"Do not attend the University of St. Augustine unless you have no other option. Even then, you're better off re-applying to other schools. My class and I got completely screwed over by this school. I had 3 months of instruction in person before COVID hit. Of course this is not their fault and understandably, there was a time that the school went virtual. However, from my first term until my last before level II fieldwork, instruction was almost entirely virtual. Aside from ~$160 last summer, we have received NO reimbursement for the resources we were promised yet did not receive. Of course, at the time it was not the fault of the school that we could not benefit from these resources. It is their fault that we were not adequately compensated for it. During the past fall and spring terms, we were able to receive some on campus instruction (about 3 full days of classes per term). Although this was a step in the right direction, resources were still limited. Additionally, the PT students were able to attend classes in person weekly while OT students barely got any hands on experience. It is a requirement for PT accreditation and not OT, but that does not mean that hands on experience is any less important for OT students. Another reason to avoid USAHS at all costs is that they screw you out of fieldwork experience. OT students are supposed to have level I and level II fieldwork to gain real hands on experience outside of the classroom with real people. Instead, level I fieldwork was entirely virtual and we had to perform assessments and treatments that are meant to be hands on in a virtual setting. I appreciate that we had to adapt to the times and that is a skill that was learned. However, this skill is not nearly as valuable as the hands on skills we should have learned. Meanwhile other OT schools have allowed their students to have in person level I experiences. This left my peers and myself completely unprepared for level II fieldwork. My final, and biggest complaint is that we are paying tens of thousands of dollars to attend this school. During level II fieldwork, we are learning from a fieldwork educator NOT professors. There is no reason we should be paying the same tuition during level II fieldwork since the only instruction we are getting is about which forms need to be uploaded when and an assigned discussion board each week. Not worth my tuition. TLDR: you're wasting your time at USAHS."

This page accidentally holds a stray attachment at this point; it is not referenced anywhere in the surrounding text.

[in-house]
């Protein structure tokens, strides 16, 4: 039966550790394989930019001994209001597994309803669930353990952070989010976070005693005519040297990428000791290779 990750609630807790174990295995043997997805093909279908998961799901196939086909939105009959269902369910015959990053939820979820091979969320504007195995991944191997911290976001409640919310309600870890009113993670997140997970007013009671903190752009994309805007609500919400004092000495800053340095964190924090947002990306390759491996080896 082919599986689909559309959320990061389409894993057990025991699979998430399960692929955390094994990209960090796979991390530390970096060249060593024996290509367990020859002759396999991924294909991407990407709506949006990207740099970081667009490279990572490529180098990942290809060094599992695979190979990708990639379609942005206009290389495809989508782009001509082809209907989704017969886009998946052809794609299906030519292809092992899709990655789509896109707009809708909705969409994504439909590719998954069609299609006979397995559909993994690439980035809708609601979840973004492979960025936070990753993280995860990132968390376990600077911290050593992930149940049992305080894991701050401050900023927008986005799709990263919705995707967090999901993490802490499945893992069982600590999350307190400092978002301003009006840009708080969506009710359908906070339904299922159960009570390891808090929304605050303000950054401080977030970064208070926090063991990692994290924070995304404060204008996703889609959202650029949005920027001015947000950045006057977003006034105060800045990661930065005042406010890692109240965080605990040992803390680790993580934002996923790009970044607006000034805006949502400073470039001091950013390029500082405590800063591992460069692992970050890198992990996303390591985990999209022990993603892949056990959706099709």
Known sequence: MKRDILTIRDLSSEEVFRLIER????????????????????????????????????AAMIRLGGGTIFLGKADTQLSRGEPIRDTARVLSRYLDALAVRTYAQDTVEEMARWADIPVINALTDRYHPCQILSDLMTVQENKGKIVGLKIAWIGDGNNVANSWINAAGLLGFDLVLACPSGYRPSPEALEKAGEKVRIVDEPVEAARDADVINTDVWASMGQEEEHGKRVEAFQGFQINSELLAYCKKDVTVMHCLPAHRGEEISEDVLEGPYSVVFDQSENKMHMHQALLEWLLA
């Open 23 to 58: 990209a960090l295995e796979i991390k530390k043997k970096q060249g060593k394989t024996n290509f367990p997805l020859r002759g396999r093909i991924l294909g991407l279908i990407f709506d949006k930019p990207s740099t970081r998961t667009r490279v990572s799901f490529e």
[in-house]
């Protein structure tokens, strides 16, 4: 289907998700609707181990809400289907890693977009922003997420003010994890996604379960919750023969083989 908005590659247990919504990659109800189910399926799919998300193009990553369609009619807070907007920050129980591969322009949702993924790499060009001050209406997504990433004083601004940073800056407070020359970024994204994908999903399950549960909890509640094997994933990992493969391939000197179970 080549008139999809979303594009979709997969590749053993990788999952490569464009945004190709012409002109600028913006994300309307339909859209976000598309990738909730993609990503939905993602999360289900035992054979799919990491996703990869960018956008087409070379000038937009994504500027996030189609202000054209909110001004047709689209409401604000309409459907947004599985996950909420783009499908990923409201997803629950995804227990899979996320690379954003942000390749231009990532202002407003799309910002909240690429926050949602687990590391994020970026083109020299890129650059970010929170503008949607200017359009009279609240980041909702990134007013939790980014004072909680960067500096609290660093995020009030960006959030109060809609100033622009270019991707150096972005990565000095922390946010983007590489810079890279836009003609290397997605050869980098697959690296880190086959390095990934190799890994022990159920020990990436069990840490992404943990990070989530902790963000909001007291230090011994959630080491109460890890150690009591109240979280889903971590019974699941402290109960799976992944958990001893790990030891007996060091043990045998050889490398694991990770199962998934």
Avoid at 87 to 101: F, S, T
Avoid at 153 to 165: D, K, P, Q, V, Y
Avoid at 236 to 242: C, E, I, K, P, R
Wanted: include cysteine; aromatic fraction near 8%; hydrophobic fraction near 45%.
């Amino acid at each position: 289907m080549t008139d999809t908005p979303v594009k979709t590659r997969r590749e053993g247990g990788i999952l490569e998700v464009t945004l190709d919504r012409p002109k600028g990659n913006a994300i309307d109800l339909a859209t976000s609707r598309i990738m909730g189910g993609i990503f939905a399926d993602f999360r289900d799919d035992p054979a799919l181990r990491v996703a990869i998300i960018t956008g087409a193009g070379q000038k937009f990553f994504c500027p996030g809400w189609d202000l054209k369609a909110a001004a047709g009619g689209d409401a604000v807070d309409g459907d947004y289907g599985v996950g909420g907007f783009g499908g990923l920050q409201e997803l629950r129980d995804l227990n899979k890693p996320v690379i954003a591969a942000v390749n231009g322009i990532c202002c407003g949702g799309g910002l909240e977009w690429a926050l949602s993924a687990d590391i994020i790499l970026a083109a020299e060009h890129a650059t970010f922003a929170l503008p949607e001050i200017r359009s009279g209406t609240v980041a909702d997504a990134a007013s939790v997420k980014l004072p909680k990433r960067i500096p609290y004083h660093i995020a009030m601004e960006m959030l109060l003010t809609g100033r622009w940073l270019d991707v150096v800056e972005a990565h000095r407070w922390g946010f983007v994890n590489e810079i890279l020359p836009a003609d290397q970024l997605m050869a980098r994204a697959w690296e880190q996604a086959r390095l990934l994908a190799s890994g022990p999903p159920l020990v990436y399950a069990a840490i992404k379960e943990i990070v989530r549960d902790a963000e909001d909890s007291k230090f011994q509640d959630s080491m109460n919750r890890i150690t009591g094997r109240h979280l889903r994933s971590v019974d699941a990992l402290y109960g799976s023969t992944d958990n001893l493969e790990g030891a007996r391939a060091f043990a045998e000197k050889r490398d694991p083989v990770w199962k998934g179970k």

Stay Away
  • Reviewed: 9/21/2020
  • Degree: Occupational Therapy
"Stay far away from this school! I am grateful for the opportunity to pursue higher education, but there are so many other amazing schools that do not have the glaring issues present at USAHS. This is a money hungry, disorganized, disrespectful, and overpriced school. I deeply regret attending the MOT program and wish so badly I would have chosen to attend a different graduate program. I will be over $100,000 in debt after graduation, the tuition increases every trimester, not every year. The fieldwork process is a complete joke. Faculty, staff, and administration turnover is constant. Courses are never the same, and you are expected to teach yourself nearly all of the material. I am disappointed not only in the way a health care school has handled and informed students of the COVID pandemic, but I am outraged at the way faculty and staff handled all matters of racial justice. This institution only cares about money. Stay far away if you want a quality education and people who care about you. This program is not worth one penny. There are so many other options to become an occupational therapist and help people, it is not worth your mental health, financial well being, and sanity."
RIPhappiness
  • Reviewed: 12/26/2019